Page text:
Traditionally, student governments at colleges and universities across the country are fairly toothless, comprised of go-getter men and women who dream one day of entering politics, or more prosaically, are looking for an extra-curricular activity to pad their graduate school resumes. When I was an editor at the Johns Hopkins News-Letter in the mid-1970s, the Student Government Association (SGA) was a prime target of the (then) twice-weekly newspaper, providing a lot of hilarious material to poke fun at the self-important students who debated all sorts of nonsensical topics. (In fairness, those of us at the News-Letter also didn’t suffer from a shortage of ego.) What surprised me was that in 1987, at a 10th reunion of my class, it turned out that several of the SGA “idiots” had turned out to be quite decent young adults.
In today’s vomit-inducing college culture of “trigger warnings,” “safe zones” and alarming near-illiteracy about history and basic grammar, as well as a refusal to read books or periodicals that are outside course requirements, I suppose the damage done by student governments is more pronounced. In the past couple of years, there’ve been numerous instances—it’s like a contagious disease—of disallowing certain proposed commencement speakers if he or she doesn’t pass the PC smell test. I can’t remember that happening a generation ago: at my own graduation the speakers were a Marxist JHU professor and Admiral Hyman Rickover, and though both droned on at length, there wasn’t a peep of protest before the festivities.
In any case, I bring this up because last week the SGA at my alma mater passed a measure proclaiming the body’s vehement opposition of a Chick-fil-A opening on campus or nearby. Never mind that the fast-food company has no plans to do so, or that a student government’s opinion would have zero juice in preventing a franchise from setting up in Charles Village, the neighborhood just minutes away from the campus. According to the News-Letter, freshman John Hughes spoke for the majority: “The types of organizations that Chick-fil-A contributes money to were not a church which happens to coincidentally be anti-LGBT. Chick-fil-A was giving money to organizations which were supporting the formulation of things like laws in Uganda that were literally allowing gay people to be executed for being gay.” And perhaps with that righteous statement taken care of, young Mr. Hughes was off to a kegger, to make passes at an attractive girl.
Kidding! Christ, I’ve no need for a band of these moral arbiters to put a target on my back. Naturally, there was some kickback, as junior Andrew Guernsey, co-president of Voice For Life (VFL), spoke at an SGA meeting and asked, “Are social conservatives still welcome on the Hopkins campus?” My bet is yes, as long as they pay their criminally outpacing-inflation tuition fees each semester. I don’t guess that Guernsey, who was later invited to write an article for National Review, got anywhere with his query, but he probably felt like a million bucks.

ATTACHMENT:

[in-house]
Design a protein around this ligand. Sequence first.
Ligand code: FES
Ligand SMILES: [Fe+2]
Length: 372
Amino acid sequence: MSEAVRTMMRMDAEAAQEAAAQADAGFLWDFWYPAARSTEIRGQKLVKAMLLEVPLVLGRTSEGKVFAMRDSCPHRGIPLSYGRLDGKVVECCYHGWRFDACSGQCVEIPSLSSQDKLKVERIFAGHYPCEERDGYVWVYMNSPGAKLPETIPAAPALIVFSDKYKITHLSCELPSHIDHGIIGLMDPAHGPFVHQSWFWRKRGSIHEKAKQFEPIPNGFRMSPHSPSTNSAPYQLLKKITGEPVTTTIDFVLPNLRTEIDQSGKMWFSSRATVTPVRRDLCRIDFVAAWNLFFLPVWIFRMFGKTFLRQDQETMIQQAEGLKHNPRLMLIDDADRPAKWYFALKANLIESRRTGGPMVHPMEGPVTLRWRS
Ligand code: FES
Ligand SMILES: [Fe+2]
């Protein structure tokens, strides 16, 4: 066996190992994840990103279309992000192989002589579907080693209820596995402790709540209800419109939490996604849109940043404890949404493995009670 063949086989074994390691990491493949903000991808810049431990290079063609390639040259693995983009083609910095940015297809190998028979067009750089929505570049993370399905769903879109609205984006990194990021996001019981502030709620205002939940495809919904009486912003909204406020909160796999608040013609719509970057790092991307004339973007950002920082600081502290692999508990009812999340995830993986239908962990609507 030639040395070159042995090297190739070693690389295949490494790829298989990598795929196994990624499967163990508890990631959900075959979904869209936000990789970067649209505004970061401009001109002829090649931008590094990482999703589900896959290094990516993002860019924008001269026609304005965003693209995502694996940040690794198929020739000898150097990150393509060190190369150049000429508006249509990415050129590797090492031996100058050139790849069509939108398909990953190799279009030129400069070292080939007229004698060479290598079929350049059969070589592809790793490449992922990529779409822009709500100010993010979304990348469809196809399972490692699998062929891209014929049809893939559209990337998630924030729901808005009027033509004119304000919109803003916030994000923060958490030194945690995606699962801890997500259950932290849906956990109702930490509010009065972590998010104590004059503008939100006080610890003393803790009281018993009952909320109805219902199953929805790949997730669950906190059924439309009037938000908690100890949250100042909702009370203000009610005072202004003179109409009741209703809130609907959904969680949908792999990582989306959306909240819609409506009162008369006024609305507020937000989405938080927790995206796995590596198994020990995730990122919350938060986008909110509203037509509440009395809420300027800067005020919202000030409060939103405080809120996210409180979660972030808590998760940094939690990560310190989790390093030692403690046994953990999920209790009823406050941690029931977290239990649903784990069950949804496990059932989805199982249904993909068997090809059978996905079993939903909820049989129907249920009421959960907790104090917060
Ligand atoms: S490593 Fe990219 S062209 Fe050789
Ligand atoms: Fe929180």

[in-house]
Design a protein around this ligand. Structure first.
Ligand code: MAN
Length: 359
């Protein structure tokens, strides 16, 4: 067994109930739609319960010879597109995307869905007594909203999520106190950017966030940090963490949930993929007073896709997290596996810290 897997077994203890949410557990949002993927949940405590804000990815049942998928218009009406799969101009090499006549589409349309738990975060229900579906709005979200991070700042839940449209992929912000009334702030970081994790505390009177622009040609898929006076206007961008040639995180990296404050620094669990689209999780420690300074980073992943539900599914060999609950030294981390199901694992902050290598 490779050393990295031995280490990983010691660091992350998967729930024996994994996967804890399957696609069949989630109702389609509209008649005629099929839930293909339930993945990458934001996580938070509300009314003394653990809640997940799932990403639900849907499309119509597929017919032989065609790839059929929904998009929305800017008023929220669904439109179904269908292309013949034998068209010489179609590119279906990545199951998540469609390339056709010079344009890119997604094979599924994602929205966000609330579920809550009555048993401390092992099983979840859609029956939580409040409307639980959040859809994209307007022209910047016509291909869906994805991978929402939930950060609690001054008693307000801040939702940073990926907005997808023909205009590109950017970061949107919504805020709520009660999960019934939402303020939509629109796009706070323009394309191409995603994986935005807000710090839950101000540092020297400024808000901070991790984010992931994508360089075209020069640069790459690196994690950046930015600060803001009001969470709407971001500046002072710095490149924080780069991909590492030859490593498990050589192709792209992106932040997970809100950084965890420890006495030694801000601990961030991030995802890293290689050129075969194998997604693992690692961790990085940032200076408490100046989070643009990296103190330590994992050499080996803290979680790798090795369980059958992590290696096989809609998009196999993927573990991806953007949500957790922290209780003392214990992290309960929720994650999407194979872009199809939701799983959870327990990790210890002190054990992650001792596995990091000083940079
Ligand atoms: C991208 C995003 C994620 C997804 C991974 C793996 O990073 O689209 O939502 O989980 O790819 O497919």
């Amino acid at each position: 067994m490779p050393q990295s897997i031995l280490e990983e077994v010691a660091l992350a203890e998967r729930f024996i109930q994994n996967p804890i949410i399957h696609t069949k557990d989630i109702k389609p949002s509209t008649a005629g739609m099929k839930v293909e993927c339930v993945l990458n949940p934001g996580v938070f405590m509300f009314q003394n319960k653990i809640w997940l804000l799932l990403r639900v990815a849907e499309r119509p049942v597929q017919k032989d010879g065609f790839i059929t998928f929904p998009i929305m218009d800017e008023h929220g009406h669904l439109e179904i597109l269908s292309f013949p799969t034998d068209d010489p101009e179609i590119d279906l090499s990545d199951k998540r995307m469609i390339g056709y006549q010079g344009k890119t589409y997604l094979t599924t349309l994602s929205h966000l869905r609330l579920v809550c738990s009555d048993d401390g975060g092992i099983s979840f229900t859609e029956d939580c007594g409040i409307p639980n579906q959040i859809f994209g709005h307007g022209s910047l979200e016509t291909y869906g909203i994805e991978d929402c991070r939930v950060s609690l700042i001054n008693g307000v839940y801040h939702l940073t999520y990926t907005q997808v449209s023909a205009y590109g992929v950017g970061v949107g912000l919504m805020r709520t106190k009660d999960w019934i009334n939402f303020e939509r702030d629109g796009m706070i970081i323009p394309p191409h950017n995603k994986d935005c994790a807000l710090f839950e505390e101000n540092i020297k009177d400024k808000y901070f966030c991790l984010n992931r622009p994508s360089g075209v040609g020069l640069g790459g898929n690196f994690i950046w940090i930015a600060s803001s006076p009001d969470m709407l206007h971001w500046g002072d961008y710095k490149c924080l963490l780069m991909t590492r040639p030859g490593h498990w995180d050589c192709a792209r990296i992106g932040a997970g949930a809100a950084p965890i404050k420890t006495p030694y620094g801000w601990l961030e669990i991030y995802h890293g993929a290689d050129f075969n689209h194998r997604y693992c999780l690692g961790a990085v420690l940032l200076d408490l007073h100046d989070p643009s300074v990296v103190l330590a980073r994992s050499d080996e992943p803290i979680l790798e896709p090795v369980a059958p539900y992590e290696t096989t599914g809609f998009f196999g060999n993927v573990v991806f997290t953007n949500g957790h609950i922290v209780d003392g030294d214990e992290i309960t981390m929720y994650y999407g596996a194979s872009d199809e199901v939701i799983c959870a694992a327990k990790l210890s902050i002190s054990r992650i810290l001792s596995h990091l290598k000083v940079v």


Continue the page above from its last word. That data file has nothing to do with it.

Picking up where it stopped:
I imagine this is the standard to-and-fro that transpires on campuses today, and although I do have a son attending college, little of this really interests me. But I did take note of this JHU situation because it’s a microcosm of not only academia today, but also society at large. For example, after the devastating earthquake in Nepal, many took to Twitter to express their concern, short-handing comments such as, “All good thoughts and prayers to the people of Nepal.” Who would disagree? What bugs me is the urgent need for high-minded types to publicly proclaim their distress, as if, thousands of miles away, that would help the victims. Rather, it’s a noisome habit of getting a mitzvah on the record, feeling dandy about yourself, and then moving on to another topic.
Straying just a little, it’s not dissimilar to when a celebrity or noted artist dies—often at the age of 80 or older—and social media participants let out the same gasp of “Oh no!” It reminds me of when Dwight D. Eisenhower died in 1969: I was playing softball at my friend Bobby’s house, and his brother appeared with the breaking news that, in fact, Eisenhower, 78, had passed away. “I can’t imagine the world without him,” the 11-year-old said, and Bobby and I, 13, just looked at him in wordless astonishment, as if to say, “Get a grip, man, the guy led a distinguished and full life! We shall march on!”
Anyway, though all the posturing on college campuses by students of different political and social views, especially in the JHU case of a hypothetical conundrum, is baffling, it’s not the biggest deal in the world. It’s preferable to them working past midnight in a chemistry lab trying to concoct a new, super-strain of bath salts or some other brain-blasting drug.
—Follow Russ Smith on Twitter: @MUGGER1955